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ANDRÉ, ALEXIS, Roman Catholic priest, Oblate of Mary Immaculate, and missionary; b. 6 July 1832 at Kergompez, near Guipavas, France, son of Gouesnou André and Annette Guevel; d. 10 Jan. 1893 in Calgary.

Alexis André studied at the Petit Séminaire de Pont-Croix from October 1851 to August 1856, and then at the Grand Séminaire de Quimper. On 15 Feb. 1859 he entered the Oblate noviciate in Nancy and one year later took his perpetual vows. He was ordained priest on 14 July 1861. André was sent immediately to the missions of the Red River settlement (Man.) and the Dakota Territory.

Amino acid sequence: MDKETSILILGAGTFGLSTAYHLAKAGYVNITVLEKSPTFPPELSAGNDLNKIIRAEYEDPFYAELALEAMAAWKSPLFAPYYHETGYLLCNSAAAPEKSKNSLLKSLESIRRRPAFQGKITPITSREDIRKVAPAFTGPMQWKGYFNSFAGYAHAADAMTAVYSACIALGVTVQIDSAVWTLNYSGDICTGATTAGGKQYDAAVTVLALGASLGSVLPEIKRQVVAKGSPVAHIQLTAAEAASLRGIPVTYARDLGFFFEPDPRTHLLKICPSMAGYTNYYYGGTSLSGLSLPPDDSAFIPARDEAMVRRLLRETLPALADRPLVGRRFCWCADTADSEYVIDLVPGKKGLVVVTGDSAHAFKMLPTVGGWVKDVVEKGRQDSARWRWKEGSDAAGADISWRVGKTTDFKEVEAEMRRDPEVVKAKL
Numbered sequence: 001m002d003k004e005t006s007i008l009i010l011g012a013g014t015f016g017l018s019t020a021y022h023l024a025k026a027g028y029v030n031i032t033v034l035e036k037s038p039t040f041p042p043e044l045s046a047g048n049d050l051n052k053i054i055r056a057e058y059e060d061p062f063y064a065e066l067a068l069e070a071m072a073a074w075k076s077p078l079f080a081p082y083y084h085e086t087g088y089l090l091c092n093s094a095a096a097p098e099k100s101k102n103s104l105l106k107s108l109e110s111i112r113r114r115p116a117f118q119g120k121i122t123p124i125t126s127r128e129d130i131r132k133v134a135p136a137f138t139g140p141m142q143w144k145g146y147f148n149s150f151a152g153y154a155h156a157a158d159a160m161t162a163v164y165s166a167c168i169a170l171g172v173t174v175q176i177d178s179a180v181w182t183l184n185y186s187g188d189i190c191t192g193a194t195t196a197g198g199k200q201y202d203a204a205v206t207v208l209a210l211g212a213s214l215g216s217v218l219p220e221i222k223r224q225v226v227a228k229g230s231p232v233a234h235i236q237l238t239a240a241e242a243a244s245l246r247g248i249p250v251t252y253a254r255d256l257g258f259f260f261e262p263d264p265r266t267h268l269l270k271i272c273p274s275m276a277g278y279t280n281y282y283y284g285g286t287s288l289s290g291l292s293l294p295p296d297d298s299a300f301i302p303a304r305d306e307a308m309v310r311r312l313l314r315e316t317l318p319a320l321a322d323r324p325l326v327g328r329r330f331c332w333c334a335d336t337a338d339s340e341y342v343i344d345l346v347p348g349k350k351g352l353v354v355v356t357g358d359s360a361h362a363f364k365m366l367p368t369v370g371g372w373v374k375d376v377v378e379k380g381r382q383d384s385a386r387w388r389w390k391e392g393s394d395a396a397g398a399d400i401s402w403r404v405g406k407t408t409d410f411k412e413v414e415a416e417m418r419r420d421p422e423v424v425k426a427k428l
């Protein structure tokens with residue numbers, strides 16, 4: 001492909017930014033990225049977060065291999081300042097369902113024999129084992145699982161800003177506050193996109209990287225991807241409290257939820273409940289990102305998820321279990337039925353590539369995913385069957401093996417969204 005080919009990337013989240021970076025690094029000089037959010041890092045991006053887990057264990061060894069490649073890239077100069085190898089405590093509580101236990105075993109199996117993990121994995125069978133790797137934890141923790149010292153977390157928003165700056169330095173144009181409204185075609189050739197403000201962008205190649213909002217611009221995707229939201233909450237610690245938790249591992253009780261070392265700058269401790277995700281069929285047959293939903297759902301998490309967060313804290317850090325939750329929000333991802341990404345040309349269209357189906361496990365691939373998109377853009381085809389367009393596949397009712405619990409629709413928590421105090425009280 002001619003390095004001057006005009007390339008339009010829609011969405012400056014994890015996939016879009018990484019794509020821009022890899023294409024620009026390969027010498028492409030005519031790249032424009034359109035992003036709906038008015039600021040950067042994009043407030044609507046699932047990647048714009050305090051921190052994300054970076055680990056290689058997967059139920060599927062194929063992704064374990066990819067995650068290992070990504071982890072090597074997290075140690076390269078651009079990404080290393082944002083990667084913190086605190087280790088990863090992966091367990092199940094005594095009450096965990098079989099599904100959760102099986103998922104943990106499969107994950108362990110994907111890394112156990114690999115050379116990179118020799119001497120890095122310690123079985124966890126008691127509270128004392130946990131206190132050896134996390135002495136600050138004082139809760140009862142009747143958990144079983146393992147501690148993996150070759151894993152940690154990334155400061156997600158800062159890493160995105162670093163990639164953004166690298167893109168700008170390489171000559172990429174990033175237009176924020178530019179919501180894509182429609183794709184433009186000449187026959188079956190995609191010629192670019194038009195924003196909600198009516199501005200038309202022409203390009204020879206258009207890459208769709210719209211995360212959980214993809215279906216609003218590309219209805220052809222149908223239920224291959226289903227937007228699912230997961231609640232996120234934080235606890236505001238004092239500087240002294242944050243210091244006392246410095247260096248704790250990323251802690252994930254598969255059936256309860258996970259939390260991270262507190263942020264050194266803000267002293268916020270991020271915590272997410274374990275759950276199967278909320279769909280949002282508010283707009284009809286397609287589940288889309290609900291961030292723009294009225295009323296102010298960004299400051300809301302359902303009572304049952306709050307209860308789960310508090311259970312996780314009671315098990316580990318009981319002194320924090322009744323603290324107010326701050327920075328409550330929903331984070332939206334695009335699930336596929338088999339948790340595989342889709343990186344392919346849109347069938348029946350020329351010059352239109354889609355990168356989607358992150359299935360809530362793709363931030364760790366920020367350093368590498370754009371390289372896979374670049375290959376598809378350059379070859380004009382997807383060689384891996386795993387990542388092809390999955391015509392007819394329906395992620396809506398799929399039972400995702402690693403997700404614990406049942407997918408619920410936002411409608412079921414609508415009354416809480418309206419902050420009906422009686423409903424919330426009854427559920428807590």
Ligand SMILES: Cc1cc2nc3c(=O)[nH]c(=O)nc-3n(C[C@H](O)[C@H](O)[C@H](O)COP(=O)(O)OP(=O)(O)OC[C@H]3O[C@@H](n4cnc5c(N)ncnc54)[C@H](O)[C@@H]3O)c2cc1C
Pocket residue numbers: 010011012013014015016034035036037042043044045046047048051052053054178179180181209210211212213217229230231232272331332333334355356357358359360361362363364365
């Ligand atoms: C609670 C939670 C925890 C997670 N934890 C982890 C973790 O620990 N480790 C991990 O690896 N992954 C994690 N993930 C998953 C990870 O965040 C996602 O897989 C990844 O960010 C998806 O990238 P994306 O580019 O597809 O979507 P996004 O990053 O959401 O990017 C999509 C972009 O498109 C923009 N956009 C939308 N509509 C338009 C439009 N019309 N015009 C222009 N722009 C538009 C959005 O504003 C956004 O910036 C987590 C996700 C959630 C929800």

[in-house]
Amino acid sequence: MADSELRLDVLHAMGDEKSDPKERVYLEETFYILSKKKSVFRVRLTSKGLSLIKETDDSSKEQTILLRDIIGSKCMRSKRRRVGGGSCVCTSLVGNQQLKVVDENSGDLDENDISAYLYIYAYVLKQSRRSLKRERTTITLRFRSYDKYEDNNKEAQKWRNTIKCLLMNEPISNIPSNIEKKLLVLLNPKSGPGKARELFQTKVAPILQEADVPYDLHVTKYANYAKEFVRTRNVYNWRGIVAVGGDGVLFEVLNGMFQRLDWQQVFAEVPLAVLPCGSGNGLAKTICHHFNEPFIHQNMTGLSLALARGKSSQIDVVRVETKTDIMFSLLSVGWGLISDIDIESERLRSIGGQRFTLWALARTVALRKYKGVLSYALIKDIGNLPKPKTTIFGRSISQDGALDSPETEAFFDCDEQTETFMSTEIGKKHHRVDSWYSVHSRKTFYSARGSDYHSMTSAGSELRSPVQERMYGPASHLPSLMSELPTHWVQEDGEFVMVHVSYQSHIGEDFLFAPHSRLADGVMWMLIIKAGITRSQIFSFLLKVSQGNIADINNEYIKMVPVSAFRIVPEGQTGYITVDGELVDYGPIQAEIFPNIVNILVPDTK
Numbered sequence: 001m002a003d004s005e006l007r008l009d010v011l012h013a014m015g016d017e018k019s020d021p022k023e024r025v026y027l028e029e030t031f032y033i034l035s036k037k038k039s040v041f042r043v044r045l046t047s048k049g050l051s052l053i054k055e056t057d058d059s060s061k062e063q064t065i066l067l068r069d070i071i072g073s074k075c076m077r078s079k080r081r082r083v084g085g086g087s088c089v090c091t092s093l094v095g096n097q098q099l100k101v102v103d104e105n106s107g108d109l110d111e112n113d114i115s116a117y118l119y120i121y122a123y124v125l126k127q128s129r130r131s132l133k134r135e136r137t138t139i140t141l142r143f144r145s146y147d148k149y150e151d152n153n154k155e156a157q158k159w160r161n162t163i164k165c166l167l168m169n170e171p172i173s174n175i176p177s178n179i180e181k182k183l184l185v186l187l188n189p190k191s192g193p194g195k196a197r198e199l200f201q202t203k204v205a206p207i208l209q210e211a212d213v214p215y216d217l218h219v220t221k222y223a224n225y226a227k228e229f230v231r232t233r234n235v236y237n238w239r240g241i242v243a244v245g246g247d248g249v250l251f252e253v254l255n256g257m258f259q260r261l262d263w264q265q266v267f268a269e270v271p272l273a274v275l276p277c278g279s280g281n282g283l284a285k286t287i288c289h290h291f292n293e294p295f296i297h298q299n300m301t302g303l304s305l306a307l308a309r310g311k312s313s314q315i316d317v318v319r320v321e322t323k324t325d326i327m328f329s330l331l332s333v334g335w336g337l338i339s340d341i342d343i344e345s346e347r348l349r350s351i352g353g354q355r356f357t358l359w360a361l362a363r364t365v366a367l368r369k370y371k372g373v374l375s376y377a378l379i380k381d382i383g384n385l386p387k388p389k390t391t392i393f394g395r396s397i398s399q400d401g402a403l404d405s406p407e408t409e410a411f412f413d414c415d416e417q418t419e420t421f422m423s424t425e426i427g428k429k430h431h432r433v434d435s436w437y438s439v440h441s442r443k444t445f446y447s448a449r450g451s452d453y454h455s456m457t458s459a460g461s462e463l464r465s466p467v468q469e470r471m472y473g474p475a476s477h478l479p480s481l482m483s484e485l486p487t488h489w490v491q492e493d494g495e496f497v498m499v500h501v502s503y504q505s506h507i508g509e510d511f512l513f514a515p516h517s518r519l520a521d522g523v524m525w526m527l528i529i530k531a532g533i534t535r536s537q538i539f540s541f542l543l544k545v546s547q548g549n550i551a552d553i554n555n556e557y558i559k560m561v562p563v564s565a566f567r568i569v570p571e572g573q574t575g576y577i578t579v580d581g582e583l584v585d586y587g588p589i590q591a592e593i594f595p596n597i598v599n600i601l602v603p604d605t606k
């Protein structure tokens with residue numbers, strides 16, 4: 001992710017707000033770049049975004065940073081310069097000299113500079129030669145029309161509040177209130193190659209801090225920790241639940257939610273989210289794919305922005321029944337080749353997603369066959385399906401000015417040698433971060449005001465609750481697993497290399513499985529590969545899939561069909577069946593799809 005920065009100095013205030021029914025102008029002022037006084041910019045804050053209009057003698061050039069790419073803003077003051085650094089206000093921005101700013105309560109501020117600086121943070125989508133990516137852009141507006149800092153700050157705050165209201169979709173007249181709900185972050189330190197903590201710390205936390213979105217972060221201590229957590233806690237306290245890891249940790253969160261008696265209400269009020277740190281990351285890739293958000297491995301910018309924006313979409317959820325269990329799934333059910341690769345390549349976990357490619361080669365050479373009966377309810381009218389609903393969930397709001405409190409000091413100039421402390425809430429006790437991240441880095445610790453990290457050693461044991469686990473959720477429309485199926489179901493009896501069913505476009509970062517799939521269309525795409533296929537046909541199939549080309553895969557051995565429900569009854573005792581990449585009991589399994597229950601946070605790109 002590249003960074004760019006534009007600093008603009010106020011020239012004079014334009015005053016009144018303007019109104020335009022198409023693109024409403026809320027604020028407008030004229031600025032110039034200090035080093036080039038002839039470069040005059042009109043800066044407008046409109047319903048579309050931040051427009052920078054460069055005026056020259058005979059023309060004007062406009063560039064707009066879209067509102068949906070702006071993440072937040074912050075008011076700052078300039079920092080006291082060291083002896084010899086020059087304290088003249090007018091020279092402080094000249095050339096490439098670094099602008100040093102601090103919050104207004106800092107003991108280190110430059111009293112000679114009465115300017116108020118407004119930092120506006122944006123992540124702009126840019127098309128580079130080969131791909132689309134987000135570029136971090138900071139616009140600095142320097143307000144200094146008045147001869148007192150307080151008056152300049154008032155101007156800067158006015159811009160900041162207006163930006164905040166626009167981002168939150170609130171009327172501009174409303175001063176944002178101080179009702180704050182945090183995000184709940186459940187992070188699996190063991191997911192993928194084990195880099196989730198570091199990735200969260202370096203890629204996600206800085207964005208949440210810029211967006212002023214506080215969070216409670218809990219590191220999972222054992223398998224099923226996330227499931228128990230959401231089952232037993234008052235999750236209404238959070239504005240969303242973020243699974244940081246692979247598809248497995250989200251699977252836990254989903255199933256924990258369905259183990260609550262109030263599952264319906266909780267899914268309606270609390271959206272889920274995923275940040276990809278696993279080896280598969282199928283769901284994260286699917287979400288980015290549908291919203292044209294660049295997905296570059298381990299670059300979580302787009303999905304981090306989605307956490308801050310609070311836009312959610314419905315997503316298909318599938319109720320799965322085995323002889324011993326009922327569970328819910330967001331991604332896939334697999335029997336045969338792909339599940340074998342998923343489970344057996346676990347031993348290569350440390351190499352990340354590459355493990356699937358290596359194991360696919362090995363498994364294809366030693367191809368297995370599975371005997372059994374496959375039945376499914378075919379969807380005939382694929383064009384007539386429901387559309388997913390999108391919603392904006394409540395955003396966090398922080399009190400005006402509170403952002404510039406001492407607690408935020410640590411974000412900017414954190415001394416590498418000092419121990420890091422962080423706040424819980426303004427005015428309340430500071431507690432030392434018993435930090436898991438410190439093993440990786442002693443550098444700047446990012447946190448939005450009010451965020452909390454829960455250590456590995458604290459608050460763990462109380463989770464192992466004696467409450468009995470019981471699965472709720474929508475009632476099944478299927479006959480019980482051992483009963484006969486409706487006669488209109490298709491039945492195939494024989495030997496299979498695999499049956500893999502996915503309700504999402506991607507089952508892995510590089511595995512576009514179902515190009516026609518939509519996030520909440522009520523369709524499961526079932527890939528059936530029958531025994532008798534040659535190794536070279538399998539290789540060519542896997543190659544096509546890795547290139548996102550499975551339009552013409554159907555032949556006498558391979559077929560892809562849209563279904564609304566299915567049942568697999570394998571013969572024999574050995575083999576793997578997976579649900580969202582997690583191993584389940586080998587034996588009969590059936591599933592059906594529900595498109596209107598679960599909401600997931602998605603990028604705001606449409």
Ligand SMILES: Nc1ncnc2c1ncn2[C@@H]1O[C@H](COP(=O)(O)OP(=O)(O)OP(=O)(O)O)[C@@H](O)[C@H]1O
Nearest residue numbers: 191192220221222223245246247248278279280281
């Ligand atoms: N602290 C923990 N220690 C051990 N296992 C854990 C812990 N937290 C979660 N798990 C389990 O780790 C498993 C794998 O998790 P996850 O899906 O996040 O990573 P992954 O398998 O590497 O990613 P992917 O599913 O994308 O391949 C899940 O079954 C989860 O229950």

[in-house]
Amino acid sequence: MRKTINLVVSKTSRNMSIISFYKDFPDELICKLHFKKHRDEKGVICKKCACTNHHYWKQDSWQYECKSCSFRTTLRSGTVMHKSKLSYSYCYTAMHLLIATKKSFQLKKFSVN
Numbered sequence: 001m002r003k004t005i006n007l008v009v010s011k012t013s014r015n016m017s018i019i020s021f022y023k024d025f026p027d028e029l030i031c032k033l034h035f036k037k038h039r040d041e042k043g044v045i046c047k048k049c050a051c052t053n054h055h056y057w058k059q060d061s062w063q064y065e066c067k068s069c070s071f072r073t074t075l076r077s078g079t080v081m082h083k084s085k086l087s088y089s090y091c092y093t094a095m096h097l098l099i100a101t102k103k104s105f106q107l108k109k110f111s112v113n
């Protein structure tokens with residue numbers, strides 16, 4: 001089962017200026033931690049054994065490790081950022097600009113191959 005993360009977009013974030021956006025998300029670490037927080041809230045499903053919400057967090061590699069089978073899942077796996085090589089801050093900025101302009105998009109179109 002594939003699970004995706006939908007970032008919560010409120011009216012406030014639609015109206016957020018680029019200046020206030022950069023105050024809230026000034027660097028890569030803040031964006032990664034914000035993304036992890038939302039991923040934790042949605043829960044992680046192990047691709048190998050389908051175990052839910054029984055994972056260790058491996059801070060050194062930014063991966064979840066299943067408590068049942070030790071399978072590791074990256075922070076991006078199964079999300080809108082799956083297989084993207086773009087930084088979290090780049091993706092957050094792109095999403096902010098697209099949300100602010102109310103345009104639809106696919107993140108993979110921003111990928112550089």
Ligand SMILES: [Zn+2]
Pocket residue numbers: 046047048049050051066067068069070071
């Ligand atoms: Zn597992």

After a short stay at St Boniface (Man.) he was posted to the mission of St Joseph at Pembina (N.Dak.). While there he served as an official delegate of the American army in an unsuccessful attempt to quell a Sioux uprising [see Tatankanajin*]. In 1864 he was named to the parish of St Charles (Man.) and the following year he was appointed to the Métis settlement of St Albert (Edmonton), with responsibility for Saint-Paul-des-Cris at Brosseau. The mission of St Joseph at Carlton House (near Batoche, Sask.) was attached to Saint-Paul-des-Cris in 1868. André frequently visited Carlton House where, by reason of his great energy, he aroused a more Christian spirit among the Métis. In 1871 he decided to found a separate mission among a group of Métis who wished to settle near the trading-post. The following year he established a residence at nearby St Laurent (St-Laurent-Grandin). His project met with the approval of Bishop Vital-Justin Grandin*, who visited the site in the spring of 1873. In 1876 André celebrated the first mass in Prince Albert (Sask.). That year he began construction of a chapel at Duck Lake, after which he went on to Battleford. At Sandy Lake, which had a substantial Cree population, he established the mission of Our Lady of the Sacred Heart. In 1879 he founded the mission of St George in Prince Albert. He stayed there until he was replaced in 1881 by Father Valentin Végreville, only to return in October 1882.